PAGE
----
Research for the heart of women
Daniel Vaiman : Winner of the first « Danièle Hermann cœurs de femmes research program »
A MAJOR STEP FORWARD IN FRENCH RESEARCH INTO WOMEN’S CARDIOVASCULAR DISEASES.
Friday 24th June 2016 In a ceremony at the Palais de l’Institut de France, the Fondation Recherche Cardio-Vasculaire – Institut de France awarded Daniel Vaiman, a Director of Research at Inserm (DR1), his first research grant, worth 50,000 euros, for work on women’s cardiovascular diseases. This is the first such grant awarded by the ‘Danièle Hermann-Cœurs de femmes Research Program’ It will help fund Daniel Vaiman’s basic research into pre-eclampsia, a serious pregnancy disorder which affects 1 in 20 women and increases the incidence of cardiovascular illness by between 4 and 8-fold.
About Daniel Vaiman
Daniel Vaiman is a Director of Research at Inserm (DR1). His focus is on reproductive medicine. He is an expert member of several Committees in the field of genetics for various French research institutes (CNRS, Commission 22, the genetics department of the Inra). The author of numerous scientific publications, he reviews over 50 articles each year on behalf of journals dealing with reproductive health, cardiovascular health and general health issues.He is known around the world.
The research proposal in question will involve two full-time researchers, Francisco Miralles (CR1 CNRS) and Daniel Vaiman. It has also been put forward as a doctoral thesis proposal at a Doctoral School.
This is the first program in France or anywhere else in Europe to specifically support research into women’s cardiovascular diseases
The Fondation Recherche Cardio-Vasculaire – Institut de France launched its first call for research proposals for the ‘Danièle Hermann-Cœurs de femmes’ research program in September 2015. This program aims to promote medical research into women’s cardiovascular health. The Fondation hopes that this initiative will remedy the complete lack of research in France specifically aimed at women’s cardiovascular diseases.
he Scientific Advisory Board of the Fondation Recherche Cardio-Vasculaire – Institut de France considered 20 different proposals and unanimously decided to award the first ‘Danièle Hermann – Cœurs de Femmes research program’ research grant to some of the key actors in basic research in France and indeed in Europe : Daniel Vaiman and his team, who are currently researching diseases relating to the human reproductive system..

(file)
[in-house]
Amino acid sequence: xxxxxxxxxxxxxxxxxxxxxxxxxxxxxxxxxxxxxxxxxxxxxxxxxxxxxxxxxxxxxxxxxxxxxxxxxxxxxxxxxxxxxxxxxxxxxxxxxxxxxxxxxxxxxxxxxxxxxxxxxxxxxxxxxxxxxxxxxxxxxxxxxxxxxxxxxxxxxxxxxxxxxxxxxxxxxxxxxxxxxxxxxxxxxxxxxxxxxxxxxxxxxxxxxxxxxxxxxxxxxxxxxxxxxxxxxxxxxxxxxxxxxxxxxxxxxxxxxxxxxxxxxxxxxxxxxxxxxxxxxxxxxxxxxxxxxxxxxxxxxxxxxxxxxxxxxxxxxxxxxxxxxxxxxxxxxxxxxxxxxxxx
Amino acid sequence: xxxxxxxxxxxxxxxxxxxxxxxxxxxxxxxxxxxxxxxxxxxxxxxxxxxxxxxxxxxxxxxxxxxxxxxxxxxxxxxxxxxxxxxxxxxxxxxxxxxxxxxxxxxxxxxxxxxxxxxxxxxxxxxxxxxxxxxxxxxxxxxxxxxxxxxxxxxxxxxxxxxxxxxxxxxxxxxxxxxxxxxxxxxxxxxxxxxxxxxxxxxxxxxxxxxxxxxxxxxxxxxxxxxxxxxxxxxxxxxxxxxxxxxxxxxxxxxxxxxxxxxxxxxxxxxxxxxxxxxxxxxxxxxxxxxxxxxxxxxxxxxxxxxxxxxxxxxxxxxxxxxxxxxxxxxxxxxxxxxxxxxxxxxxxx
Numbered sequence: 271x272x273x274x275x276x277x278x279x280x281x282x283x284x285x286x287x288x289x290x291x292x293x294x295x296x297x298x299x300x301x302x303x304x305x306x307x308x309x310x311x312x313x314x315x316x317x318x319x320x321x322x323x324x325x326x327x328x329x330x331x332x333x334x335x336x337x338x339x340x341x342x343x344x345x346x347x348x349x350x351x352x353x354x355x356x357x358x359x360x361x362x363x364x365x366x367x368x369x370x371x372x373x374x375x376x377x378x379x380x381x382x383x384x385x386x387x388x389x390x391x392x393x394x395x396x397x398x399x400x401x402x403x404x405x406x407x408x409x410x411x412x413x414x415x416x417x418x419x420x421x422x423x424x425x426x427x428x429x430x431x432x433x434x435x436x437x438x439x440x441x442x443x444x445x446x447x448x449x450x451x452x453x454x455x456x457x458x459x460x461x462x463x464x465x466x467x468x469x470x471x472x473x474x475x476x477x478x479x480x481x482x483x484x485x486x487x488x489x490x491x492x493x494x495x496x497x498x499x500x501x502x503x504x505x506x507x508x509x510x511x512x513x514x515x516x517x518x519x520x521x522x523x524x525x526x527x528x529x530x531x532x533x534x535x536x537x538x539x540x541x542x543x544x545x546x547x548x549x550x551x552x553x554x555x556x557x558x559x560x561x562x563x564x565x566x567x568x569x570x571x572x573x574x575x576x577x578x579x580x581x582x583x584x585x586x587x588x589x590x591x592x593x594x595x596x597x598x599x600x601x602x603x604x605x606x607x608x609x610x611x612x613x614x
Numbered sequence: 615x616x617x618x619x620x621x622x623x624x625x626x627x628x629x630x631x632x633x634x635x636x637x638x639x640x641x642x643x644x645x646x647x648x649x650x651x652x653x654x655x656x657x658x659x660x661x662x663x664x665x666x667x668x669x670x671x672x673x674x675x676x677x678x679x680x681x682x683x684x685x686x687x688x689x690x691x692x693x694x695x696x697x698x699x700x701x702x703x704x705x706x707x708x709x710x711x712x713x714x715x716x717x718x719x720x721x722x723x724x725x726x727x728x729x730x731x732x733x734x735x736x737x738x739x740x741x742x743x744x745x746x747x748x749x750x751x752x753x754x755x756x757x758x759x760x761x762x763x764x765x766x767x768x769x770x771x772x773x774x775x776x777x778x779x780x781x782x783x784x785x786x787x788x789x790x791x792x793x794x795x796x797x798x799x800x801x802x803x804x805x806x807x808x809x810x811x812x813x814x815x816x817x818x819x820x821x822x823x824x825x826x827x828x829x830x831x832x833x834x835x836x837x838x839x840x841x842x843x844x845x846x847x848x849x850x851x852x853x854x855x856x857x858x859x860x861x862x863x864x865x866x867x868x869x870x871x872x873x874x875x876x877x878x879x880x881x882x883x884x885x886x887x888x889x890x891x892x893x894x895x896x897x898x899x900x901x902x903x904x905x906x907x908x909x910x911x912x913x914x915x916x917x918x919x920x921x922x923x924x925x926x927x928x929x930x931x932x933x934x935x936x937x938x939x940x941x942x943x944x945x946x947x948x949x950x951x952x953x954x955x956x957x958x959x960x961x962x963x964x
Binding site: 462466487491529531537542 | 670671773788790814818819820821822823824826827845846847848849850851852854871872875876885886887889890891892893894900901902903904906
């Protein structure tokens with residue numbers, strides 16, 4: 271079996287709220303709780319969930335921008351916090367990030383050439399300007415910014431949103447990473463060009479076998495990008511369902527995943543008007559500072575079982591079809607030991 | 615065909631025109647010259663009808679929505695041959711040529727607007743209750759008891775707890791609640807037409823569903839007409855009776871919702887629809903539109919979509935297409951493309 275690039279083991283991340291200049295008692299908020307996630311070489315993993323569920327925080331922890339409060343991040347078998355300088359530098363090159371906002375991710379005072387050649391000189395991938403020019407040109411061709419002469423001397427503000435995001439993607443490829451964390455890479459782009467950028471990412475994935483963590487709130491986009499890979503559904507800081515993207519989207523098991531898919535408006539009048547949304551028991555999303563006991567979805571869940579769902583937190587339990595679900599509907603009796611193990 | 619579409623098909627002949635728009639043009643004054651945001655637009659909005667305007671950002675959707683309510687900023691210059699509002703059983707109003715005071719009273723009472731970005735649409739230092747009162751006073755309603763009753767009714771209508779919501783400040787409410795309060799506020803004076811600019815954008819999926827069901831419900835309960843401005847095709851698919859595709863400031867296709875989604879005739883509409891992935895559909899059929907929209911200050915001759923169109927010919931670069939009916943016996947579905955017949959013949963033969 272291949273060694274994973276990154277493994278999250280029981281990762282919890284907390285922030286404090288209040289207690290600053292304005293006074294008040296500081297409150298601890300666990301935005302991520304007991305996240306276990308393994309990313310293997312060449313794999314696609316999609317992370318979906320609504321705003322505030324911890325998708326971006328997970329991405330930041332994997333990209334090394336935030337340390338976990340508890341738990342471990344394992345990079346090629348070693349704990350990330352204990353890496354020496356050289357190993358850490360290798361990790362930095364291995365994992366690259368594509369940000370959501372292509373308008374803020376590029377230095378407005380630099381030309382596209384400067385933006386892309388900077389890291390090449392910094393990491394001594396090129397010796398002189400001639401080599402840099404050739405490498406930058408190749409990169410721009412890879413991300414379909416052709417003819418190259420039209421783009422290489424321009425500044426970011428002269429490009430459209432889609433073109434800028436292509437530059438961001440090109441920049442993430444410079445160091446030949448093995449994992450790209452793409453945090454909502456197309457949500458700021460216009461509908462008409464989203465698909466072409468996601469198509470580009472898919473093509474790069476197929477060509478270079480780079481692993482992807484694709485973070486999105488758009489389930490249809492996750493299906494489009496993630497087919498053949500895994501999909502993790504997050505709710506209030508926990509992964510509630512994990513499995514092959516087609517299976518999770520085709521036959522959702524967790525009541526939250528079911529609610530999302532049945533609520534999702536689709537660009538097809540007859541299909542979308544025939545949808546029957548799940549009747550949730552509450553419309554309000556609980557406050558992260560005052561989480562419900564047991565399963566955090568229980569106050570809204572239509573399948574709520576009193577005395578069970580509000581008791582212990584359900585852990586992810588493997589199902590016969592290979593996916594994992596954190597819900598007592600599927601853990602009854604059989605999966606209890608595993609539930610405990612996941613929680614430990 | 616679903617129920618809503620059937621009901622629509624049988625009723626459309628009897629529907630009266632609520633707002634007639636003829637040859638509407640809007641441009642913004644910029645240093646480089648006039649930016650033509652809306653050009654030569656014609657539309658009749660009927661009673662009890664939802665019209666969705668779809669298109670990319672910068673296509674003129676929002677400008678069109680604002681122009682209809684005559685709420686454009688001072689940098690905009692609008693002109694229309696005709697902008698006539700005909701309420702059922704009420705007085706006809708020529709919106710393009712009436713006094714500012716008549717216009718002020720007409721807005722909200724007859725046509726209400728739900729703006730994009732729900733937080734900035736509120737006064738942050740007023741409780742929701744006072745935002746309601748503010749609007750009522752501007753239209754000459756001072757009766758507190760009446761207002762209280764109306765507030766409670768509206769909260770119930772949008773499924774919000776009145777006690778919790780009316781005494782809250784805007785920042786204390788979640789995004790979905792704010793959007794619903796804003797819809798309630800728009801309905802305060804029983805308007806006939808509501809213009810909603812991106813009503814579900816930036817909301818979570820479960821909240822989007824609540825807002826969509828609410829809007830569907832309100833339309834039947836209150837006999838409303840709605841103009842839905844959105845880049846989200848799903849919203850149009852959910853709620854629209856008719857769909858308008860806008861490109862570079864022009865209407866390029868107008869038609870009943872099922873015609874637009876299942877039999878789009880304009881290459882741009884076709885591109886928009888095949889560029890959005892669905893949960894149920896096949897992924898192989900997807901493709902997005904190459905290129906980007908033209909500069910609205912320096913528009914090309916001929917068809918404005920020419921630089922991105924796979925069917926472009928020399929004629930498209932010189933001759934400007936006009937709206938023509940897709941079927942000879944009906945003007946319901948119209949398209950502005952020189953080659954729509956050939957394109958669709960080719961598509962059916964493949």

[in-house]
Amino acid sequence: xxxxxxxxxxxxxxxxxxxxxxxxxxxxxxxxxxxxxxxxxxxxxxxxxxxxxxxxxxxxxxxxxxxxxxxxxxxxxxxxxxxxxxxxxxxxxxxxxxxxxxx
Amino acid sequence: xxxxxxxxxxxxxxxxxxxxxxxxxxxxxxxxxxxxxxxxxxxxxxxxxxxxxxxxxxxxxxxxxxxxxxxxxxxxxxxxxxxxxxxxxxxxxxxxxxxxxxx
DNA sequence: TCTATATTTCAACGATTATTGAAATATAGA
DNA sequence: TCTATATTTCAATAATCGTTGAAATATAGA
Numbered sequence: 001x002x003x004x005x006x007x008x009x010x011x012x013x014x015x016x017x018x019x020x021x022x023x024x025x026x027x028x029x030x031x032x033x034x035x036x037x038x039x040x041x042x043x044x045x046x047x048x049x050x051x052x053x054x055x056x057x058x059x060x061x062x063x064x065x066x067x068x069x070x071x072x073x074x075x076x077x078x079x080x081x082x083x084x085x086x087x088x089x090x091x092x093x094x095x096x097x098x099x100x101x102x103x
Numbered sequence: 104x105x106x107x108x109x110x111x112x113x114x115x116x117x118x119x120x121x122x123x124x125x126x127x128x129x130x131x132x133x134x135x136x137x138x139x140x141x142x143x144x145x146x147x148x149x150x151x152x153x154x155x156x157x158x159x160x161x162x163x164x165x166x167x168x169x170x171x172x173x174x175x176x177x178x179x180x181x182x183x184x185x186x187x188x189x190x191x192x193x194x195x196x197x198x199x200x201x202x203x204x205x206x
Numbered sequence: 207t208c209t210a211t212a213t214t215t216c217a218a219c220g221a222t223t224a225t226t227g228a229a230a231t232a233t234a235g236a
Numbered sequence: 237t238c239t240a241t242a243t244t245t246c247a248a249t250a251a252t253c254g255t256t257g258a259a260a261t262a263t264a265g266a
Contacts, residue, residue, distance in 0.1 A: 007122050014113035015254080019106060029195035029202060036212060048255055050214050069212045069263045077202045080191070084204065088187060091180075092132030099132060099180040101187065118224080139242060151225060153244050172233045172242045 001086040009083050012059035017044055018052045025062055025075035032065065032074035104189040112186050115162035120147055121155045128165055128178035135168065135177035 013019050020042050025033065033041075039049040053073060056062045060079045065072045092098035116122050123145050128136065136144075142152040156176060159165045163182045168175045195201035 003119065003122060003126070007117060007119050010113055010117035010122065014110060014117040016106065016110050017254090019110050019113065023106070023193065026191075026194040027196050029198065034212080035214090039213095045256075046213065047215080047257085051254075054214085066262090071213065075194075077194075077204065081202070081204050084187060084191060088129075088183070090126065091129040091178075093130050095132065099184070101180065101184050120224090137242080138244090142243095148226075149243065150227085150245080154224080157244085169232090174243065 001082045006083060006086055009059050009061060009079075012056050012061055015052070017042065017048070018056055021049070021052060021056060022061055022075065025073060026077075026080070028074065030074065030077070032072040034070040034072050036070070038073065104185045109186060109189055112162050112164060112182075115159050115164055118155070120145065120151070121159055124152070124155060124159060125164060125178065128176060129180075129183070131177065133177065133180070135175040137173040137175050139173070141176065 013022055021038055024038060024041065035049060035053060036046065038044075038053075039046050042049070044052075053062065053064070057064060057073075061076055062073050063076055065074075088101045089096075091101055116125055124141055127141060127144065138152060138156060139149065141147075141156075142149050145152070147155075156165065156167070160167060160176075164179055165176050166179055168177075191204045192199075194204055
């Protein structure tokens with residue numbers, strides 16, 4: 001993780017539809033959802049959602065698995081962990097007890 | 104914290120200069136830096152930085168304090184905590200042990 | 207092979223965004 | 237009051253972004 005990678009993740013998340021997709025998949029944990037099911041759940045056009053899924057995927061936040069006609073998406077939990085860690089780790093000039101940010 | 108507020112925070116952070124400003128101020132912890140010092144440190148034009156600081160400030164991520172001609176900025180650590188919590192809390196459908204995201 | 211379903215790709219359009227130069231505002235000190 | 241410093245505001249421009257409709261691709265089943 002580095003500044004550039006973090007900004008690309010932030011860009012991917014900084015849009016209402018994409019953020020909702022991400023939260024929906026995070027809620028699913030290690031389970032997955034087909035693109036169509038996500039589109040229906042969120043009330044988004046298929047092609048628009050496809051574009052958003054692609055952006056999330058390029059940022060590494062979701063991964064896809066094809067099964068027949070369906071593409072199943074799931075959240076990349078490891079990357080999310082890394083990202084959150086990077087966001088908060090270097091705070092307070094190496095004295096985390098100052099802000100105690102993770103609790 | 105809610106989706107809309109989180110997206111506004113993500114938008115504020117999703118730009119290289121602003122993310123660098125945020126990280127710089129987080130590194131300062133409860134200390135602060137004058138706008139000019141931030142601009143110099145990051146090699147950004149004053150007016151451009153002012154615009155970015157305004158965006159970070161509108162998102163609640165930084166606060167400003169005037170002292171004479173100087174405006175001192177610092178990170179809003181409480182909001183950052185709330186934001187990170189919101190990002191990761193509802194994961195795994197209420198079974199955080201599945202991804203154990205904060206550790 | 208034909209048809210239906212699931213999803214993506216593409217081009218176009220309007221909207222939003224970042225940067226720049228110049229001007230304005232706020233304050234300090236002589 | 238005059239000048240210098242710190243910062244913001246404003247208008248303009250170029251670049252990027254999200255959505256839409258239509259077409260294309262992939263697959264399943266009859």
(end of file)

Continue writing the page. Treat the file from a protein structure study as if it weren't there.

The research proposal focused on pre-eclampsia, a disorder which increases the incidence of cardiovascular illnesses in women by between 4 and 8-fold
This condition is becoming increasingly common and now affects 1 in 20 pregnancies in France. It is characterized by high blood pressure during the third trimester and increased amounts of protein in the urine.Pre-eclampsia is a major driver of cardiovascular illness, a fact which has been largely ignored for a long time, even though the end result can be death, whether in the short, medium or long term.
Although the symptoms of the disorder disappear after the baby’s birth, many epidemiological studies show that pre-eclampsia has an impact on women’s health long after their pregnancy has ended, including an increase in the likelihood of being affected by high blood pressure in the long-term and an increased risk of cardiovascular illnesses, like coronary artery disease and strokes.
The transgenic female mouse model – the STOX1 model – eveloped during research conducted by Dr. Vaiman and his team, opens a door to the possible identification of the mechanisms responsible for the increase in the longer term in the incidence of cardiovascular illnesses in women affected by pre-eclampsia. The proposal chosen by the Foundation’s Scientific Advisory Board is specifically focused on quantifying the long-term impact of pre- eclampsia on the mother’s circulatory system through a detailed study of the physiology of this mouse model.
The long-term impact of aspirin when used as an anti-pre-eclampsia medicine during pregnancy will also be studied.
This research should facilitate improvements in the treatment of women both during and after their pregnancy. It will open up new approaches to the diagnosis and treatment of pre-eclampsia, thus improving the treatment of cardiovascular illnesses in women and cutting the incidence of those illnesses.
Pre-eclampsia, a real time-bomb for women’s cardiovascular health.
Out of the 800,000 pregnancies registered in France each year, around 40,000 are affected by pre-eclampsia. This condition, affecting 5 to 7% of all pregnancies, continues to be a major cause of illness in pregnant women. It has an impact upon the future health of the new-born child, especially due to an increased likelihood of premature birth (which happens in one third of cases). It also causes delayed growth in children. This illness also results in the death of 500 babies in France annually.
20% of women affected by pre-eclampsia during their pregnancy will suffer from high blood pressure or microalbuminuria , within 7 years of the end of their pregnancy, compared to only 2% of women who had a normal pregnancy.
Women affected by pre-eclampsia are 4 to 8 times more likely to die from a cardiovascular illness (in the event of severe pre-eclampsia, which accounts for 10% of cases) than women who had a normal pregnancy.
The financial burden of pre-eclampsia upon the French healthcare system is estimated at around 500 million euros each year and upon mothers and their children, the cost is estimated at 600 million euros each year.
Download the press release and the press pack relating to the winner of the
« Danièle Hermann-Cœurs de femmes research program » :